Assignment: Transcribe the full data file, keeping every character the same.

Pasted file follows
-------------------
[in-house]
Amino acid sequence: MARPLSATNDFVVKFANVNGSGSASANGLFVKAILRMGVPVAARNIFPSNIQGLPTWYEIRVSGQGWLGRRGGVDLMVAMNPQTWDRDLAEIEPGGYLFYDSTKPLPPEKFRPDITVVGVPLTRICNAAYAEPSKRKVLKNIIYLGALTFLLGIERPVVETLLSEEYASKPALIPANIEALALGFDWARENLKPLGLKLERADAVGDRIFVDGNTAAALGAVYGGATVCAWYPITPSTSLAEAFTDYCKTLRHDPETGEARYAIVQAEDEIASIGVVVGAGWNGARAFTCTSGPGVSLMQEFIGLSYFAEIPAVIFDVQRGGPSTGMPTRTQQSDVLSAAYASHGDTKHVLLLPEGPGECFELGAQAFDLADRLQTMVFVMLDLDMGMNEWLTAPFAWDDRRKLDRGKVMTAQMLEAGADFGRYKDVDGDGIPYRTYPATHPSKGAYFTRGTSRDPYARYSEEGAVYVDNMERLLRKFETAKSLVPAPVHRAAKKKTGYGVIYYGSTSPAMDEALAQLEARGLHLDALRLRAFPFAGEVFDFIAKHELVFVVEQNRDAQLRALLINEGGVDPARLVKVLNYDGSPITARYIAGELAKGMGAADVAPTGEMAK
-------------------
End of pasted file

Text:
[in-house]
Amino acid sequence: MARPLSATNDFVVKFANVNGSGSASANGLFVKAILRMGVPVAARNIFPSNIQGLPTWYEIRVSGQGWLGRRGGVDLMVAMNPQTWDRDLAEIEPGGYLFYDSTKPLPPEKFRPDITVVGVPLTRICNAAYAEPSKRKVLKNIIYLGALTFLLGIERPVVETLLSEEYASKPALIPANIEALALGFDWARENLKPLGLKLERADAVGDRIFVDGNTAAALGAVYGGATVCAWYPITPSTSLAEAFTDYCKTLRHDPETGEARYAIVQAEDEIASIGVVVGAGWNGARAFTCTSGPGVSLMQEFIGLSYFAEIPAVIFDVQRGGPSTGMPTRTQQSDVLSAAYASHGDTKHVLLLPEGPGECFELGAQAFDLADRLQTMVFVMLDLDMGMNEWLTAPFAWDDRRKLDRGKVMTAQMLEAGADFGRYKDVDGDGIPYRTYPATHPSKGAYFTRGTSRDPYARYSEEGAVYVDNMERLLRKFETAKSLVPAPVHRAAKKKTGYGVIYYGSTSPAMDEALAQLEARGLHLDALRLRAFPFAGEVFDFIAKHELVFVVEQNRDAQLRALLINEGGVDPARLVKVLNYDGSPITARYIAGELAKGMGAADVAPTGEMAK